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All Blacks, Springboks match previews World Cup pool clash

By STEVE McMORRANJuly 26, 2019
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FILE - In this Saturday, Sept. 15, 2018 file photo, South Africa Rassie Erasmus smiles after the rugby championship test match between South Africa and New Zealand in Wellington, New Zealand. Springboks coach Rassie Erasmus on Wednesday July 17, 2019, has split his squad into two groups to prepare better for the challenge against the world champion All Blacks next weekend and manage fatigue ahead of the upcoming Rugby World Cup. (AP Photo/John Cowpland, File)
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FILE - In this Saturday, Sept. 15, 2018 file photo, South Africa Rassie Erasmus smiles after the rugby championship test match between South Africa and New Zealand in Wellington, New Zealand. Springboks coach Rassie Erasmus on Wednesday July 17, 2019, has split his squad into two groups to prepare better for the challenge against the world champion All Blacks next weekend and manage fatigue ahead of the upcoming Rugby World Cup. (AP Photo/John Cowpland, File)

WELLINGTON, New Zealand (AP) — The All Blacks and Springboks coaches agree the winner of Saturday’s Rugby Championship test in Wellington will take a slight edge into the World Cup where the teams will meet again in the first round of pool play.

New Zealand coach Steve Hansen and South Africa coach Rassie Erasmus also agree the winner of the match will likely win this year’s Championship and that the tournament is only a stepping stone towards the World Cup and a re-match in Yokohama on Sept. 21.

“In the bigger scheme of things one will always play down this test match and say the World Cup is the most important,” Erasmus said. “But in the same breath it’s a New Zealand-South Africa test match so for both teams it’s very important.

“Because we’re playing each other in the pool stage at the World Cup it spices it up. It’s going to be close and the team that wins will have a little more belief and momentum going into that pool match.”

Hansen is thinking along similar lines.

“In the big scheme of this year does the result matter?” Hansen said. “I guess it will give whoever wins it a little confidence going in to the World Cup. But I don’t think it’s going to affect the World Cup, no.”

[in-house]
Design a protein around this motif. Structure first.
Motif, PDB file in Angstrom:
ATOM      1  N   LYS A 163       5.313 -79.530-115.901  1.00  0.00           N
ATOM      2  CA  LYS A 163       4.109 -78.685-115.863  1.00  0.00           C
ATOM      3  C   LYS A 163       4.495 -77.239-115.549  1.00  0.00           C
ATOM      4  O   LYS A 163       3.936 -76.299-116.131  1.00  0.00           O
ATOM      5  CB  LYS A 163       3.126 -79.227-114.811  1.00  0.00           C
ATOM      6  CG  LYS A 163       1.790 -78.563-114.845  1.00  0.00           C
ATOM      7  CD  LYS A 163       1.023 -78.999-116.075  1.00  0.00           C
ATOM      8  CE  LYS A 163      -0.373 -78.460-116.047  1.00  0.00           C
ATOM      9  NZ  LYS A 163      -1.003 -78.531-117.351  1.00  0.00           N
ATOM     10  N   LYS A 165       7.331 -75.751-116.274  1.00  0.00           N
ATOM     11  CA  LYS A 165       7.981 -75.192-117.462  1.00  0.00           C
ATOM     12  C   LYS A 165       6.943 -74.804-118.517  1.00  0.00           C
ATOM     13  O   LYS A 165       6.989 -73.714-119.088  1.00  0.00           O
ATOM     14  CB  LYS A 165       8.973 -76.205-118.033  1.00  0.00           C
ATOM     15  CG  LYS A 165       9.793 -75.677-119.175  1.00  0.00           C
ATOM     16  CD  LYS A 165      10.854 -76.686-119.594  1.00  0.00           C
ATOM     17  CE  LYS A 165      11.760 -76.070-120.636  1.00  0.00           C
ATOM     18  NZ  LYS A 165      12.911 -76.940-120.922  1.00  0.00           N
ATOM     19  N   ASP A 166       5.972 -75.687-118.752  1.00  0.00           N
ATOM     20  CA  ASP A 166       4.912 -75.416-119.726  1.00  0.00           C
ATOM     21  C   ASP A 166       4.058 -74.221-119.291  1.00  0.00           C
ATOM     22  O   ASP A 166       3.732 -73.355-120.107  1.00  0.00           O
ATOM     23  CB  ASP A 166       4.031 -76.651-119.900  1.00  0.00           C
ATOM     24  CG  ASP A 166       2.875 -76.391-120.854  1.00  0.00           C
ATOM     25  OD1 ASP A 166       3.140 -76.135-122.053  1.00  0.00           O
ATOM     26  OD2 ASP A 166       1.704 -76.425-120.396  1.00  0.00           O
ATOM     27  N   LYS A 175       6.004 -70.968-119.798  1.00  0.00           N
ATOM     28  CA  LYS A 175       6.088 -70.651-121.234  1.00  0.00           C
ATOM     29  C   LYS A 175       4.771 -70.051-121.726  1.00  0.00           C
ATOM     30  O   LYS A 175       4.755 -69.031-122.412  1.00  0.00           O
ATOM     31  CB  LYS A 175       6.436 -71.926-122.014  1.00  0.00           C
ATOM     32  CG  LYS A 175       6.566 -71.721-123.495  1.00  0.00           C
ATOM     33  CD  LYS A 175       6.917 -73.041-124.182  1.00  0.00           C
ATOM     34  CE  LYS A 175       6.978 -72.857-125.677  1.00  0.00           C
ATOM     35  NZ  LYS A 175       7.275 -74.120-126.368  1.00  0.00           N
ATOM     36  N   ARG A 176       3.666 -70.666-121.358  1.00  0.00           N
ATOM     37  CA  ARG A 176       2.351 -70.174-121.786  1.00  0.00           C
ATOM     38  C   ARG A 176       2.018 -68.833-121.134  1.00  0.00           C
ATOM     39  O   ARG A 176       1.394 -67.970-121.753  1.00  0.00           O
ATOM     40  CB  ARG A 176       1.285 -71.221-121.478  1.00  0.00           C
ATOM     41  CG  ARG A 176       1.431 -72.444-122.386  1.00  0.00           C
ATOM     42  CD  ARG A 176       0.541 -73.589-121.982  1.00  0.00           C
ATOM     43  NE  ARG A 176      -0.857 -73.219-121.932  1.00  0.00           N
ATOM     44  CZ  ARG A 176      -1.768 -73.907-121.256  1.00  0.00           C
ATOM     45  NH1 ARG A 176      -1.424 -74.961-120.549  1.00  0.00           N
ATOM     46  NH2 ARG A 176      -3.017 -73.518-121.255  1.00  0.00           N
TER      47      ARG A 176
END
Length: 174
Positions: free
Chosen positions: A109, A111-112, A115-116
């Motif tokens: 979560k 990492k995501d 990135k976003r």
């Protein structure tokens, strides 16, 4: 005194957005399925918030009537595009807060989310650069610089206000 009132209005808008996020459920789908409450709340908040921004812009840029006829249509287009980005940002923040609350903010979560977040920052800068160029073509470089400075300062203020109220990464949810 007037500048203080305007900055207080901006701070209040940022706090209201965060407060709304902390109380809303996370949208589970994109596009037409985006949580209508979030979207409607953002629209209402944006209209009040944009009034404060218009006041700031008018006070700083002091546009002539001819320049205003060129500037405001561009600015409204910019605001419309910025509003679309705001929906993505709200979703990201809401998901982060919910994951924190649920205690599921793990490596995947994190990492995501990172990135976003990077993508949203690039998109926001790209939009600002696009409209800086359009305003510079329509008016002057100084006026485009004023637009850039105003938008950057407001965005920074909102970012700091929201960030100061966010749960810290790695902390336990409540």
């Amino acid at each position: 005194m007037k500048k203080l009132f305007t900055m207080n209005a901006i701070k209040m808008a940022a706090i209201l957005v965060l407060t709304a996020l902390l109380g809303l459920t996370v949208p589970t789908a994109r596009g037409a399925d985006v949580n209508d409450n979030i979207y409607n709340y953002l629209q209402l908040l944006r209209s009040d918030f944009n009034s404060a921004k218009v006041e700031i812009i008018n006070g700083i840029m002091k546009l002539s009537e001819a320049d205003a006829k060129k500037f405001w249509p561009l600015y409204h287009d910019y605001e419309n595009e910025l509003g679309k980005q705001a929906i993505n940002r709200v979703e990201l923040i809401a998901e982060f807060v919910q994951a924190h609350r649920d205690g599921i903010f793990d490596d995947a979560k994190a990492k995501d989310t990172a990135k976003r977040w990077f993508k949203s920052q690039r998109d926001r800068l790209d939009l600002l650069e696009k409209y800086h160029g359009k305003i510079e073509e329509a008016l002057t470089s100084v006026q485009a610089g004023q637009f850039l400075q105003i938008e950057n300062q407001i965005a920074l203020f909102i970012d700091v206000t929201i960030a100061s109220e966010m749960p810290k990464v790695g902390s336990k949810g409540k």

Hansen said the All Blacks will not be on a quest for revenge after losing the same match in Wellington last year by two points to an under-rated Springboks team.

The Springboks drew confidence from that win over the world champions and have gone on since to stack up impressive results. They seem to be heading towards the World Cup on a well-defined road with a clearly understood game plan and consistent selections.

New Zealand, instead, has plunged off down various cul-de-sacs in both tactics and selection, choosing ever-larger squads comprising players who often make only one appearance before vanishing from the radar.

Erasmus has been clear-sighted in his selections. He fielded an almost second-string lineup which was still able to beat Australia 35-17 last weekend while sending several of his front-line players ahead to Wellington to acclimatize ahead of Saturday’s match.

New Zealand scraped to a 20-16 win over Argentina in Buenos Aires with a scratch lineup which featured combinations unlikely to be used in the World Cup’s knockout rounds.

The Springboks’ lineup for Saturday’s match is a stable and tested one; the All Blacks team sees the return of many front-line players including its first choice tight-five. But it still has an experimental cast.

Hansen has finally yielded to pressure to play Richie Mo’unga at flyhalf and to move Beauden Barrett from flyhalf to fullback. Barrett is a two-time World Rugby Player of the Year but his kicking and passing under pressure has been patchy lately and fullback may give him a better chance to unleash his attacking ability.

The New Zealand back row is experimental with captain Kieran Read filling his usual role at No. 8 but Matt Todd starting in place of Sam Cane on the open side and Shannon Frizell given a chance to fill the troublesome blindside role in the absence of Liam Squire.

Sonny Bill Williams will return from a long injury break to partner Jack Goodhue in midfield in a combination unlikely to see service in the World Cup. Williams has played only rarely since the 2015 World Cup because of injuries and his form and fitness are both in question.

With only four tests to play before the World Cup kicks off, both teams need a solid performance Saturday to show their preparation is on track.

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